Reaping Historic Rewards
How Michigan can encourage many more public and private preservation projects
September 10, 2003 |
From Marquette to Detroit to Grand Rapids entrepreneurs and enlightened civic leaders are unleashing the beauty and value locked inside old buildings. Abandoned houses, dilapidated theaters, sagging stores, and crumbling post offices — not to mention factories, lighthouses, ships, mining towns, and other historic places — are being transformed into new homes, entertainment venues, business centers, and tourist attractions. Other States: A Wealth of Examples I. Identify opportunities for historic preservation. II. Make preservation projects easier to undertake. III. Make governments better partners in stimulating historic preservation. IV. Provide sufficient financial support for historic preservation.
In every case these preservationists navigated the treacherous shoals of community acceptance, permitting, finance, design, construction, and marketing. In every case featured in this report, they added to the common good and community prosperity.
This report documents how facets of Michigan’s history have become powerful engines of economic growth that attract residents and visitors to our cities and towns. The report also shows that these accomplishments were often tests of personal endurance and will.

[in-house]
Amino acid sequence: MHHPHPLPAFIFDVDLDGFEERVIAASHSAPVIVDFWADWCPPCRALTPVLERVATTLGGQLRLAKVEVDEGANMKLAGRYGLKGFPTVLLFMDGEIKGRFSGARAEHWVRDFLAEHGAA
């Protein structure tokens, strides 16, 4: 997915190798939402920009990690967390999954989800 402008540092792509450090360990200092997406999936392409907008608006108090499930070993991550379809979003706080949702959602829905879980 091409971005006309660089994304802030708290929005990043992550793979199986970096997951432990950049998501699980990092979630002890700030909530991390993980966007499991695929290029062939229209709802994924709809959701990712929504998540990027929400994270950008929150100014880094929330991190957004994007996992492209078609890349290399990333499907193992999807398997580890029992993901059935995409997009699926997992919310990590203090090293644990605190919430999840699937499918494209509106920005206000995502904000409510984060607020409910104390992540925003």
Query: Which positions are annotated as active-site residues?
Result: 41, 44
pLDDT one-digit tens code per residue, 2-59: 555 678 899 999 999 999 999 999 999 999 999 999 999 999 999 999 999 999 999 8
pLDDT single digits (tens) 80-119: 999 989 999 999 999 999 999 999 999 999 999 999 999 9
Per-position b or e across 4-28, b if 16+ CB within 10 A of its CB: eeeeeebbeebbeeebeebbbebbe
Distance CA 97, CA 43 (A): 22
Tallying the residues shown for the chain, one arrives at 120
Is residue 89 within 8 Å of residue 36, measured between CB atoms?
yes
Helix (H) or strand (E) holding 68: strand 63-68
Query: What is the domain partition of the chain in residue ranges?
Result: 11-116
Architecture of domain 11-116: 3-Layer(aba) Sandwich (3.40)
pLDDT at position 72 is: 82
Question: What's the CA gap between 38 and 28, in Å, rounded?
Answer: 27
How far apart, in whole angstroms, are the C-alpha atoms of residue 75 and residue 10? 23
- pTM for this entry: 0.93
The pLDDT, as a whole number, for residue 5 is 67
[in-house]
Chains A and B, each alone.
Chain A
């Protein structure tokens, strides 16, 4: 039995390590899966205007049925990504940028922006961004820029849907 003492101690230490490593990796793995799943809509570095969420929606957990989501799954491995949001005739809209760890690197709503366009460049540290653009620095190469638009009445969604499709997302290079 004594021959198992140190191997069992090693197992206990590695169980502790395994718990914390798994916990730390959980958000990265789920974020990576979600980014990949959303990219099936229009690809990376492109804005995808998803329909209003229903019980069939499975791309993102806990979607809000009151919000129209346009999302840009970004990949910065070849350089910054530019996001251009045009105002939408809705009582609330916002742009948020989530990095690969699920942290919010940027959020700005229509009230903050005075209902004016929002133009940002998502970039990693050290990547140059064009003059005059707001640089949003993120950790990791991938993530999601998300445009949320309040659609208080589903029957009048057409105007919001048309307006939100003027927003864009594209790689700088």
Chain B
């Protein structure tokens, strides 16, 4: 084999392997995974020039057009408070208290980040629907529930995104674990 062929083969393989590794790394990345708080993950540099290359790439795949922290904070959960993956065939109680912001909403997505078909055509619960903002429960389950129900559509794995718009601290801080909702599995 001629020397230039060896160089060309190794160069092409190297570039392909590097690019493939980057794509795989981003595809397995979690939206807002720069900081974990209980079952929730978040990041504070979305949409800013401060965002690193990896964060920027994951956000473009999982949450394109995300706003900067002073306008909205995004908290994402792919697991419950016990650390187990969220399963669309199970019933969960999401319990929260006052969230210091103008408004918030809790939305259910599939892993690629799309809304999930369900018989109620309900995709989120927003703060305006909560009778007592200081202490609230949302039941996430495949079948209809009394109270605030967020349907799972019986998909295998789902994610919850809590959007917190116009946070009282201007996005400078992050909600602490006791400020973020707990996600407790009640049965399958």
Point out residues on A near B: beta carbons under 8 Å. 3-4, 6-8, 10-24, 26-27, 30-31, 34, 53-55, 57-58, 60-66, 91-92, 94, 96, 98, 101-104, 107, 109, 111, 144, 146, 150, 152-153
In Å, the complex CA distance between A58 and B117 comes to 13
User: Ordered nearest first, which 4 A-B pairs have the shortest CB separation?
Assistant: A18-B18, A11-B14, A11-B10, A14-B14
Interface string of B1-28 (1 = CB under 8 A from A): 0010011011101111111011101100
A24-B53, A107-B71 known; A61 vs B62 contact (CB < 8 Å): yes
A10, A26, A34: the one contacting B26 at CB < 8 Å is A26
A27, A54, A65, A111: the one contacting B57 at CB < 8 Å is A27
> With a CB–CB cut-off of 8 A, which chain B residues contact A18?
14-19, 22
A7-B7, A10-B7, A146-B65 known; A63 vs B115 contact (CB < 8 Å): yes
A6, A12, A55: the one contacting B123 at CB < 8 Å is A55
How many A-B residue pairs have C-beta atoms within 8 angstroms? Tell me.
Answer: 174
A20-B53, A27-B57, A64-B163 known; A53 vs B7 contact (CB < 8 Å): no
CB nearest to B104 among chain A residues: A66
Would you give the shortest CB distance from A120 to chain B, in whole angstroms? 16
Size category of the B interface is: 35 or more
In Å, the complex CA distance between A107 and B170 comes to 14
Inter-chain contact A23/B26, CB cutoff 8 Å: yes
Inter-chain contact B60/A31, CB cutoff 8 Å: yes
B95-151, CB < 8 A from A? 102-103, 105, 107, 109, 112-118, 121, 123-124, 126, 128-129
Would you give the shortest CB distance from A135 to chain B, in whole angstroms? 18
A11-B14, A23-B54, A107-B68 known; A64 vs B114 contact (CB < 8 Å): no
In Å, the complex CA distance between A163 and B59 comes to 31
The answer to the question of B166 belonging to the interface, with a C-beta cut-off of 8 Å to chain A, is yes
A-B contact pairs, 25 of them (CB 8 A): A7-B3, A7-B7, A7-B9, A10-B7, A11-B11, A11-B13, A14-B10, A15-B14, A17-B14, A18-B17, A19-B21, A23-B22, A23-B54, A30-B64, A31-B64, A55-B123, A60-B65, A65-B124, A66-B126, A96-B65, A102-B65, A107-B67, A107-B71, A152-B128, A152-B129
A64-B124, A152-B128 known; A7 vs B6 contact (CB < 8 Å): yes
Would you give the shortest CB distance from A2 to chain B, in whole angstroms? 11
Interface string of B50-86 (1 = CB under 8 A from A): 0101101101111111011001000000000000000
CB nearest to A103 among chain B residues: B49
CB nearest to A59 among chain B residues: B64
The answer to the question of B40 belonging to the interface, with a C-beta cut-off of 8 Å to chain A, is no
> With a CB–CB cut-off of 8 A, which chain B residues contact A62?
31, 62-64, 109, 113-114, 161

Whether the project was as large as restoring Detroit’s Orchestra Hall or as comparatively small as reviving a bed and breakfast in Allegan, developers uniformly embraced a work ethic of heroic dimensions and, sometimes, a level of risk-taking that few can tolerate. These are obstacles that state government should help preservationists overcome.
After all, Michigan already provides such support in other economic arenas. The state aggressively offers loans, tax breaks, technical expertise, and regulatory flexibility to manufacturers, engineering firms, publishers, and many other enterprises to persuade them to either move or expand their activities here.
Such state-sanctioned business recruitment adds to Michigan’s economic well being, but frequently at a high price: Much of this new development occurs in green fields, far from town centers, promoting sprawl and greatly increased public infrastructure costs, traffic congestion, and environmental harm. It also drains vitality from Michigan’s cities and inner suburbs.
This report demonstrates that, just as Michigan assists large companies, it should also encourage citizens and small businesses — and not just the heroic ones — to undertake historic restoration projects. The benefits to entrepreneurs, citizens, communities, and the state are unmistakable and potentially immense.
They are also entirely predictable: Revitalized downtowns. Less sprawl. Restored neighborhoods. Expanded employment. Increased property values and tax revenue. Livelier cities that attract the young workers Michigan needs to compete. In short, relatively modest state support of and investment in historic preservation would reap long-lasting economic benefits and rebuild a sense of community in villages, towns, and cities. Michigan has an enormous opportunity to actively assist people, companies, and local governments transform abandoned, historic sites into fountains of prosperity.